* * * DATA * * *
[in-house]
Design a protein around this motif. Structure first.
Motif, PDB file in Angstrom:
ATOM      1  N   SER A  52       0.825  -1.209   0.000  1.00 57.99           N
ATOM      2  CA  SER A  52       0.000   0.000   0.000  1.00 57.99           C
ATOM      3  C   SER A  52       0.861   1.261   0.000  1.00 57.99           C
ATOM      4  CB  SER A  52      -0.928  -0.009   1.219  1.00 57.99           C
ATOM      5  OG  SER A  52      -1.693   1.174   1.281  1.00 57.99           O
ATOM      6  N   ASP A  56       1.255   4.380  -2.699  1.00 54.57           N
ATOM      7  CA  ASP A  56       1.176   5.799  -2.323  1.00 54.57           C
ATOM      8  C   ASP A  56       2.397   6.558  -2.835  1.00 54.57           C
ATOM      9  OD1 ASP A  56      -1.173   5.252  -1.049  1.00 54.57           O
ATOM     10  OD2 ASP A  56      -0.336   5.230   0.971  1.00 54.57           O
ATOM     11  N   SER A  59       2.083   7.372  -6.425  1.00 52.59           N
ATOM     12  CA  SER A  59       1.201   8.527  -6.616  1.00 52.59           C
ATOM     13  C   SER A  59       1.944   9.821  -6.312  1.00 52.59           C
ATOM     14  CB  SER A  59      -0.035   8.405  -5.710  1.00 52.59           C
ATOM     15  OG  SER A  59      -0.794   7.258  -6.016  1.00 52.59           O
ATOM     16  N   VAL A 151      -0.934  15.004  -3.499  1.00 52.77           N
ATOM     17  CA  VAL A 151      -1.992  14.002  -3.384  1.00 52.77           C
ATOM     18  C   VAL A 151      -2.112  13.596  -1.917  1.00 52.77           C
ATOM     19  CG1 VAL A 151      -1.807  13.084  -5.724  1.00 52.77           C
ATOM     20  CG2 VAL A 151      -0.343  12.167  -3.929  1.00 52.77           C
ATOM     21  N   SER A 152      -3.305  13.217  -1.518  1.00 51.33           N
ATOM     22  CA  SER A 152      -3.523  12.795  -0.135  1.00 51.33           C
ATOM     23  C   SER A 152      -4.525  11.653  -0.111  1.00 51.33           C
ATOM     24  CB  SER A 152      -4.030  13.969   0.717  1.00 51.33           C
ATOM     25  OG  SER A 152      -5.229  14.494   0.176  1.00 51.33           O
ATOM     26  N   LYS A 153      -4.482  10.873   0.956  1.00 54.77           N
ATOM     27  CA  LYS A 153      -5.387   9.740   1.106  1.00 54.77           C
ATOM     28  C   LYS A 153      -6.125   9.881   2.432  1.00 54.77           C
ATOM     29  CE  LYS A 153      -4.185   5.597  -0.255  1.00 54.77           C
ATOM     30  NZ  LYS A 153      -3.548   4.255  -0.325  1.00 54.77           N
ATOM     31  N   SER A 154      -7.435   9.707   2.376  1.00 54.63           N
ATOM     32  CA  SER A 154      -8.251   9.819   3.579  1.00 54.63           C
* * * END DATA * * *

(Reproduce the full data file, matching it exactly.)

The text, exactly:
[in-house]
Design a protein around this motif. Structure first.
Motif, PDB file in Angstrom:
ATOM      1  N   SER A  52       0.825  -1.209   0.000  1.00 57.99           N
ATOM      2  CA  SER A  52       0.000   0.000   0.000  1.00 57.99           C
ATOM      3  C   SER A  52       0.861   1.261   0.000  1.00 57.99           C
ATOM      4  CB  SER A  52      -0.928  -0.009   1.219  1.00 57.99           C
ATOM      5  OG  SER A  52      -1.693   1.174   1.281  1.00 57.99           O
ATOM      6  N   ASP A  56       1.255   4.380  -2.699  1.00 54.57           N
ATOM      7  CA  ASP A  56       1.176   5.799  -2.323  1.00 54.57           C
ATOM      8  C   ASP A  56       2.397   6.558  -2.835  1.00 54.57           C
ATOM      9  OD1 ASP A  56      -1.173   5.252  -1.049  1.00 54.57           O
ATOM     10  OD2 ASP A  56      -0.336   5.230   0.971  1.00 54.57           O
ATOM     11  N   SER A  59       2.083   7.372  -6.425  1.00 52.59           N
ATOM     12  CA  SER A  59       1.201   8.527  -6.616  1.00 52.59           C
ATOM     13  C   SER A  59       1.944   9.821  -6.312  1.00 52.59           C
ATOM     14  CB  SER A  59      -0.035   8.405  -5.710  1.00 52.59           C
ATOM     15  OG  SER A  59      -0.794   7.258  -6.016  1.00 52.59           O
ATOM     16  N   VAL A 151      -0.934  15.004  -3.499  1.00 52.77           N
ATOM     17  CA  VAL A 151      -1.992  14.002  -3.384  1.00 52.77           C
ATOM     18  C   VAL A 151      -2.112  13.596  -1.917  1.00 52.77           C
ATOM     19  CG1 VAL A 151      -1.807  13.084  -5.724  1.00 52.77           C
ATOM     20  CG2 VAL A 151      -0.343  12.167  -3.929  1.00 52.77           C
ATOM     21  N   SER A 152      -3.305  13.217  -1.518  1.00 51.33           N
ATOM     22  CA  SER A 152      -3.523  12.795  -0.135  1.00 51.33           C
ATOM     23  C   SER A 152      -4.525  11.653  -0.111  1.00 51.33           C
ATOM     24  CB  SER A 152      -4.030  13.969   0.717  1.00 51.33           C
ATOM     25  OG  SER A 152      -5.229  14.494   0.176  1.00 51.33           O
ATOM     26  N   LYS A 153      -4.482  10.873   0.956  1.00 54.77           N
ATOM     27  CA  LYS A 153      -5.387   9.740   1.106  1.00 54.77           C
ATOM     28  C   LYS A 153      -6.125   9.881   2.432  1.00 54.77           C
ATOM     29  CE  LYS A 153      -4.185   5.597  -0.255  1.00 54.77           C
ATOM     30  NZ  LYS A 153      -3.548   4.255  -0.325  1.00 54.77           N
ATOM     31  N   SER A 154      -7.435   9.707   2.376  1.00 54.63           N
ATOM     32  CA  SER A 154      -8.251   9.819   3.579  1.00 54.63           C